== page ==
Southern African airlines suffering still from Covid and still needing support

17th October 2022 By: Rebecca Campbell - Creamer Media Senior Deputy Editor

Although the Covid-19 pandemic had now passed, the Southern African airline industry was still suffering from its consequences, Airlines Association of Southern Africa (AASA) CEO Aaron Munetsi has warned. He was addressing AASA’s fifty-second Annual General Assembly, at Kleinmond, south east of Cape Town, on Friday.

“[W]e are still suffering with our own long-Covid symptoms,” he highlighted. “Most airlines and service providers took on additional debt to stay afloat. Most, if not all of them shed jobs temporarily or permanently in order to manage costs. This resulted in institutional knowledge, advanced skills and expertise being lost through retrenchments, retirements and relocation. At the same time, demand for skills development, job creation, transformation and environmental compliance are undiminished. These all require significant investment at a time when rising interest rates are pushing the cost of borrowing and finance while fuels and other inflationary pressures are tightly squeezing margins.”

Given that the revised gross domestic product forecasts for Southern Africa were trending down, and given the very important role in the region’s economies played by aviation, travel and tourism, he again called on Southern African governments to treat these three interrelated sectors “with the importance they deserve”. He noted that, during the pandemic, the governments had often made the “right noises” but failed to deliver in practice.

The sector still needed financial relief. He recognised that the fiscal resources available to the regional governments were shrinking and that other sectors were also seeking assistance. But there were many statutory charges, levies and taxes that were imposed on air transport and travel that governments could waive, lower, hold steady or even scrap. “Any increases in these costs will be detrimental as the industry is beyond saturation.”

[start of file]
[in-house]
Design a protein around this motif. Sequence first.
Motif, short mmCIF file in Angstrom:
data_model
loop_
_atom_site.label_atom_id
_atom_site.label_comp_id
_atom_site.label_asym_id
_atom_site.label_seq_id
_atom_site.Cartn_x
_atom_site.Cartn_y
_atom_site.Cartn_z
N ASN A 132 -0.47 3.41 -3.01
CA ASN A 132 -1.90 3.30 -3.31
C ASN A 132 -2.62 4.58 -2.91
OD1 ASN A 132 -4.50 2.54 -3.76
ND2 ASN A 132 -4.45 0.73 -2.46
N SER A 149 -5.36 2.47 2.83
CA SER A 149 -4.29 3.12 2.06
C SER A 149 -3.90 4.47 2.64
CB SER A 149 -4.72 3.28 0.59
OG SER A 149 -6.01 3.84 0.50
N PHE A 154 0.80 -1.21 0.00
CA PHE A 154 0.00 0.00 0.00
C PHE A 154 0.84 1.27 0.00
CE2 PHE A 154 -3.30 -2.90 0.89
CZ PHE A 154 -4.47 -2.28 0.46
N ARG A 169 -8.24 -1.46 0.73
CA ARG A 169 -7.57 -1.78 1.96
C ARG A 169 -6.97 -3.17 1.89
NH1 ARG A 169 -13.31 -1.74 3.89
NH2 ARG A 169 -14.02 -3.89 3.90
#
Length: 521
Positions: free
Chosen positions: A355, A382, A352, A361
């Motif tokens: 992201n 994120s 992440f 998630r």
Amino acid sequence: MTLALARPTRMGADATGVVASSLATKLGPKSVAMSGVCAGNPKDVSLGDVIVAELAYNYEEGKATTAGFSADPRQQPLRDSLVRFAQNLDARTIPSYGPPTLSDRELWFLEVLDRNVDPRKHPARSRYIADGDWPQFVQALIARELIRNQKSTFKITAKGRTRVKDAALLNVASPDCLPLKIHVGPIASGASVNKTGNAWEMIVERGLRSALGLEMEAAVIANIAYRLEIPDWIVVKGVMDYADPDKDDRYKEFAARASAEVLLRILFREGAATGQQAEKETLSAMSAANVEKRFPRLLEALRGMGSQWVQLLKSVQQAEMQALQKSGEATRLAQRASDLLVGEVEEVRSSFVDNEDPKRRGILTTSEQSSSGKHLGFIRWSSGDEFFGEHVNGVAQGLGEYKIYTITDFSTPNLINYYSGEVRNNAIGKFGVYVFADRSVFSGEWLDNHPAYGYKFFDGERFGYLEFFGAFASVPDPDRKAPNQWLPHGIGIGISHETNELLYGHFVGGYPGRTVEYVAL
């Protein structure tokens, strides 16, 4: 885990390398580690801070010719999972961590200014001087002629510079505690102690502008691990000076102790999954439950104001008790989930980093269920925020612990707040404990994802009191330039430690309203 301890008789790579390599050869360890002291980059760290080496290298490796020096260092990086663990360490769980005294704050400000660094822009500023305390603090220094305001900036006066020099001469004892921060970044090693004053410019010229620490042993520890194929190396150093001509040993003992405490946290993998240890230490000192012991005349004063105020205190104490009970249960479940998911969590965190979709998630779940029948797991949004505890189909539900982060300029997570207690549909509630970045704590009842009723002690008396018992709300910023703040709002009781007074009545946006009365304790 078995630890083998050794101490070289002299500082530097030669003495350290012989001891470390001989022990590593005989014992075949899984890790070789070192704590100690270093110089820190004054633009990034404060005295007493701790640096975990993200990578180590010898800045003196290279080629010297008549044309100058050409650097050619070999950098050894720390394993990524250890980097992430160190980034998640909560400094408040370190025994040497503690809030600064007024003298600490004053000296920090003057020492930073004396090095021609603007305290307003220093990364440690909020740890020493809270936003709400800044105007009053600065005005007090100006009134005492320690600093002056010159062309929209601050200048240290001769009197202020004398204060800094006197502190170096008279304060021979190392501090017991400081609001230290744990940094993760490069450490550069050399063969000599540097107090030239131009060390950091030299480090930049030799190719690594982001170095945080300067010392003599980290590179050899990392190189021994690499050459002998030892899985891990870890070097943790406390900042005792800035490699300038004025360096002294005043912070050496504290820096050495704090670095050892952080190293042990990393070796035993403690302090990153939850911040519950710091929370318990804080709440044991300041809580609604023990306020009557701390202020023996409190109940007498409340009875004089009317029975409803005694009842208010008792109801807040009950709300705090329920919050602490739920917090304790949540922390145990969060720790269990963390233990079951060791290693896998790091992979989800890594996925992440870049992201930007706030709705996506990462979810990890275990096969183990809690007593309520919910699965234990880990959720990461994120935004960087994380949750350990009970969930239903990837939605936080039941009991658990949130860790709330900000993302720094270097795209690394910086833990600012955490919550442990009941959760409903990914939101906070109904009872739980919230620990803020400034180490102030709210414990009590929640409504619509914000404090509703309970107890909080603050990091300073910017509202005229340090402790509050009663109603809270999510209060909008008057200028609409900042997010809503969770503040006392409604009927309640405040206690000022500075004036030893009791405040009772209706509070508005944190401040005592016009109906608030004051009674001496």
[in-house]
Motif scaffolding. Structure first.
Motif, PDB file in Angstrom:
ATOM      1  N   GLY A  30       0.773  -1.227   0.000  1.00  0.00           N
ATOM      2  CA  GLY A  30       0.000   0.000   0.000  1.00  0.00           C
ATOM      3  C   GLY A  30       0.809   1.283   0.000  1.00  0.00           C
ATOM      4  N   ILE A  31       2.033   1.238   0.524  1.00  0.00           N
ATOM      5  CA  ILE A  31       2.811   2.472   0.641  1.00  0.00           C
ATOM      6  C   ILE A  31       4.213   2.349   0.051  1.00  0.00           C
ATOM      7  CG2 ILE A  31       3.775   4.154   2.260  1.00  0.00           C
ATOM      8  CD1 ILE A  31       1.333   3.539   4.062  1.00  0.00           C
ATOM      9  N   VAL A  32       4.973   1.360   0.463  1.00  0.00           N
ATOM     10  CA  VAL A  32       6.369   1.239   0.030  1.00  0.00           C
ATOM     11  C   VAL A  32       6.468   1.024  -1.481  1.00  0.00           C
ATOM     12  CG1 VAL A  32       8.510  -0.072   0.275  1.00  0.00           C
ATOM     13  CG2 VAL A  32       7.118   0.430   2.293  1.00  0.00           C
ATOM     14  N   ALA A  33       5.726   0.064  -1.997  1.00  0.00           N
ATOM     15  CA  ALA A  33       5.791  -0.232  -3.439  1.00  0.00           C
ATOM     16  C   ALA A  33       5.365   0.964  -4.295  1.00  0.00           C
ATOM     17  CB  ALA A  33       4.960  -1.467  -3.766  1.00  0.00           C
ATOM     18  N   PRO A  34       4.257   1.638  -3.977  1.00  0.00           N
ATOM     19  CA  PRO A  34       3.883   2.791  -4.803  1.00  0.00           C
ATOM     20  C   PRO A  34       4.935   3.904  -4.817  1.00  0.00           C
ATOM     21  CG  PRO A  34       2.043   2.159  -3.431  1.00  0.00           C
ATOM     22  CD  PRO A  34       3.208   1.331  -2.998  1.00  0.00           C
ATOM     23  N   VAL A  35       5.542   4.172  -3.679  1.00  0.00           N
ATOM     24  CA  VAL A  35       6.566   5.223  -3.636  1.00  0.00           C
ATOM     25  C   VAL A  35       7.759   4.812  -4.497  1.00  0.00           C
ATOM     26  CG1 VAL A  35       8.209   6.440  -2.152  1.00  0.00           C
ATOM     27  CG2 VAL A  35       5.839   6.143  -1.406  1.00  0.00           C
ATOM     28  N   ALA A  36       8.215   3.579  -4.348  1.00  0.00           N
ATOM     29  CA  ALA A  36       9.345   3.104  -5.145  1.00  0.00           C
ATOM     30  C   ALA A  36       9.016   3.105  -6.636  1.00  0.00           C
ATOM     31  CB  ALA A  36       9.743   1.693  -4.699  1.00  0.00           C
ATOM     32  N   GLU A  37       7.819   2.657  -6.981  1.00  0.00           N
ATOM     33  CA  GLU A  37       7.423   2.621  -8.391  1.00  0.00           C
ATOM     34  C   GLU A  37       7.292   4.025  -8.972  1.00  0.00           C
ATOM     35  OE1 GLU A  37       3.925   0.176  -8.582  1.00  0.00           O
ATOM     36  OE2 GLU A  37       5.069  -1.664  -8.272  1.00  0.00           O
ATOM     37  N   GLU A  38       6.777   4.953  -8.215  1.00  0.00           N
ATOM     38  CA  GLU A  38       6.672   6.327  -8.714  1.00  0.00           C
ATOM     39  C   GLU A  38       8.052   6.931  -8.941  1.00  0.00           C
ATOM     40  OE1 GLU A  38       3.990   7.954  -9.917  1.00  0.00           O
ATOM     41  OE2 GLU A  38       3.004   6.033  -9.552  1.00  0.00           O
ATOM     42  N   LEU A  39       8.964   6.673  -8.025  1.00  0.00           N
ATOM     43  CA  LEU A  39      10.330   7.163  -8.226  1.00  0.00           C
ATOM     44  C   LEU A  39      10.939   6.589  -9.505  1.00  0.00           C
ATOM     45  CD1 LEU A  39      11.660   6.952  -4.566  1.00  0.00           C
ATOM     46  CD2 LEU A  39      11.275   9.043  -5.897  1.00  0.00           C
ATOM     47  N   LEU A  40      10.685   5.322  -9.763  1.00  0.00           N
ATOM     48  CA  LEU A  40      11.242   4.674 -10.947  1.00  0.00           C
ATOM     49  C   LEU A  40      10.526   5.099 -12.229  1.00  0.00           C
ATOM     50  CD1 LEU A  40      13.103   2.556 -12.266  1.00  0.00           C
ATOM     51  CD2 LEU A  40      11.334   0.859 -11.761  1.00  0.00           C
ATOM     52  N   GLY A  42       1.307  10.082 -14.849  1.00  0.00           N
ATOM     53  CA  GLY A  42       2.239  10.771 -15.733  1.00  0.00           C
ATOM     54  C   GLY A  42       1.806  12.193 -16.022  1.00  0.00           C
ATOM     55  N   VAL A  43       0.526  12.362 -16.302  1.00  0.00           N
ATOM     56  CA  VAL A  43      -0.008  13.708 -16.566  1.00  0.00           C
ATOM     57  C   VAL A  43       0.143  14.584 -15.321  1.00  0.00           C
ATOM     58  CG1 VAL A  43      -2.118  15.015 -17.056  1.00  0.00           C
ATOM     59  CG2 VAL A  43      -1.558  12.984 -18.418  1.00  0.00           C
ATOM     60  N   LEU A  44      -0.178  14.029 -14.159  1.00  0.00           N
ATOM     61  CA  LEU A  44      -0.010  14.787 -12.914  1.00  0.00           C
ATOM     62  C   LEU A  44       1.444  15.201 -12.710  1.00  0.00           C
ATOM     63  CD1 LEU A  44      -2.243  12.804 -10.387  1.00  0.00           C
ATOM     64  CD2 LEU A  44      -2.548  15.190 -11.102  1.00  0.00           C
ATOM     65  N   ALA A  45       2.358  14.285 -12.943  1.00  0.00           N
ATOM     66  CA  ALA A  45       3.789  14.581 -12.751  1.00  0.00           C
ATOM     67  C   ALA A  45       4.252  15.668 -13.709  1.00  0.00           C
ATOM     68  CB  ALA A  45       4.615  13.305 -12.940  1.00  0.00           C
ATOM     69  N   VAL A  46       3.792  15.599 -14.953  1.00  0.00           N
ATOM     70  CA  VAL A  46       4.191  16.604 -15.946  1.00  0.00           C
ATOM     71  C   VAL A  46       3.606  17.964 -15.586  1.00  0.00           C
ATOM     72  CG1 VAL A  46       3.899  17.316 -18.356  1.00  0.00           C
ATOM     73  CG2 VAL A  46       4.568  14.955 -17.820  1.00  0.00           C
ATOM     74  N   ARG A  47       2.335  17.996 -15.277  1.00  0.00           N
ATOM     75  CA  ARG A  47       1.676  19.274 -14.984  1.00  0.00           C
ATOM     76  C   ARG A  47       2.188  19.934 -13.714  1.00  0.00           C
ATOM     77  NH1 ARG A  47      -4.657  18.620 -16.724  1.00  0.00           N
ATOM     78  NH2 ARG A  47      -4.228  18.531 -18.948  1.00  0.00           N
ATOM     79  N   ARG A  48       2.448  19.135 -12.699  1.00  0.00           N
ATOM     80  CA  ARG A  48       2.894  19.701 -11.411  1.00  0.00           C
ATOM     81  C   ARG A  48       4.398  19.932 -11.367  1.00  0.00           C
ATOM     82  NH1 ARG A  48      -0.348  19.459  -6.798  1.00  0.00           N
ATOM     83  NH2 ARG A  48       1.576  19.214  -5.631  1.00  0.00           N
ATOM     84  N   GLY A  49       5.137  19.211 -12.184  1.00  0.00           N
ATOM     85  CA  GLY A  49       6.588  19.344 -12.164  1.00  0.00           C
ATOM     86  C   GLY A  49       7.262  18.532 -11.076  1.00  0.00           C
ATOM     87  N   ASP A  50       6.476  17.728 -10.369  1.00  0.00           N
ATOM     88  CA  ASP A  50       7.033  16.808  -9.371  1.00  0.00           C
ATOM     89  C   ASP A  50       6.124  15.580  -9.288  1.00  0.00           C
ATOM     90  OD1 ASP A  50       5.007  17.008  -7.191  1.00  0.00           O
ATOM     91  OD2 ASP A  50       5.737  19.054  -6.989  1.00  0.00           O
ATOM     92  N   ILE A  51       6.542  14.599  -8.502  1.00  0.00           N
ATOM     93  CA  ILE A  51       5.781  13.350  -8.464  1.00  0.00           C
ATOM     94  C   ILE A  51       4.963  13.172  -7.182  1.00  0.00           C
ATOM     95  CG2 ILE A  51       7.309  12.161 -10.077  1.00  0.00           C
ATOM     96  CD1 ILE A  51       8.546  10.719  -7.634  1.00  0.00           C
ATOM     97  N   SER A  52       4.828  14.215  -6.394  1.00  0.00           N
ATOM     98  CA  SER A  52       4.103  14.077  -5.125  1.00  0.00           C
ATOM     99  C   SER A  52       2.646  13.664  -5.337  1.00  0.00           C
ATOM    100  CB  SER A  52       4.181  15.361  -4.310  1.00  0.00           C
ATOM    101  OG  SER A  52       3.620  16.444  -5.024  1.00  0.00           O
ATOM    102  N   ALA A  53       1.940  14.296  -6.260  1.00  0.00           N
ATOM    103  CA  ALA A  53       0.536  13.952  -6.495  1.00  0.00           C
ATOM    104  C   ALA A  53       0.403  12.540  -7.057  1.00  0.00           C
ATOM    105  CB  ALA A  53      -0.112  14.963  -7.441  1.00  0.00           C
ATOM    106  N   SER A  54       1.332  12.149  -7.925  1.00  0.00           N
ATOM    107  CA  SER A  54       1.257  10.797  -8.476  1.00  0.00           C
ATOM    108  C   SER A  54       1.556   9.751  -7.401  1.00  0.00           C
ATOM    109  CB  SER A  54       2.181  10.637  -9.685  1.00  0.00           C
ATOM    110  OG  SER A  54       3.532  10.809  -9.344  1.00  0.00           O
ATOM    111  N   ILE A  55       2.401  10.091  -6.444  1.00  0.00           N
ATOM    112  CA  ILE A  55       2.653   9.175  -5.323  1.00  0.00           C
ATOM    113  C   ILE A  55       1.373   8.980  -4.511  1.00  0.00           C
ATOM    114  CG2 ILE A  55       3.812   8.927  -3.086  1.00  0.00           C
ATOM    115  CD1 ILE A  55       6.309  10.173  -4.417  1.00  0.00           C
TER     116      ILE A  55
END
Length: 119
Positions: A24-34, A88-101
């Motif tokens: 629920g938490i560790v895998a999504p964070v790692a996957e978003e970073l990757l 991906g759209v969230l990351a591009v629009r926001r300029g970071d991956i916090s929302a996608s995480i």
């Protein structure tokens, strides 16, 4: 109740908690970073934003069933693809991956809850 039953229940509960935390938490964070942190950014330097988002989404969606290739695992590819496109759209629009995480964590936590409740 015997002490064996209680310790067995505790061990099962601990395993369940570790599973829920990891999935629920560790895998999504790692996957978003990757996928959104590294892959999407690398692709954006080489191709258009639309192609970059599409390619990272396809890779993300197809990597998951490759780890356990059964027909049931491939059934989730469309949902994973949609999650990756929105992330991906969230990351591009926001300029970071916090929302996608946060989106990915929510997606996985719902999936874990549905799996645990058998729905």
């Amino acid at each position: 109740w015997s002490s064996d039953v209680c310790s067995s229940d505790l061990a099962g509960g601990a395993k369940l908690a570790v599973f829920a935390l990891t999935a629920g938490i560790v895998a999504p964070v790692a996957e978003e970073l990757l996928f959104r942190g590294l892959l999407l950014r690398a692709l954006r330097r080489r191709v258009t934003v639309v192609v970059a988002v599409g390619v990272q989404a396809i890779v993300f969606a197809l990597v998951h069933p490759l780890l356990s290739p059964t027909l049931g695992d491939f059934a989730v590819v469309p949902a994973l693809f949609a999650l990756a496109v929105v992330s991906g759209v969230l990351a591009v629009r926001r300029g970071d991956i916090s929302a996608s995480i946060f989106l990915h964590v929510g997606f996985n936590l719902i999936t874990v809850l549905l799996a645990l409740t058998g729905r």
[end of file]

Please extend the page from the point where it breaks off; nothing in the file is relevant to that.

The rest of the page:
He also highlighted the importance of the Single African Air Transport Market (SAATM). “The potential benefits of the [SAATM] have been widely publicised and discussed. The African Civil Aviation Commission continues to advocate for the full implementation of SAATM. However, it is clear SAATM is still some way from becoming a reality and in the meantime we have to utilise the existing bilateral and regional instruments to ensure that these benefits are brought to life and experienced as widely as possible.”

Although he congratulated South Africa on its equitable treatment of all airlines, he pointed out that other countries in the region did not follow suit, imposing “prejudicial requirements” on other airlines, in order to protect their own national carriers. He urged the South African government to insist that the South African airlines designated to fly to those countries be treated equally with the local operators.

“Government promise to slash red tape to become more business-friendly, yet these are some of the low-hanging fruits that will lubricate the flow of legitimate people and goods between and across markets,” affirmed Munetsi. “By providing these positive travel and trading experiences, we will become more competitive and attractive in our own right, but crucially, also as destinations and markets for investment, tourism and commerce.”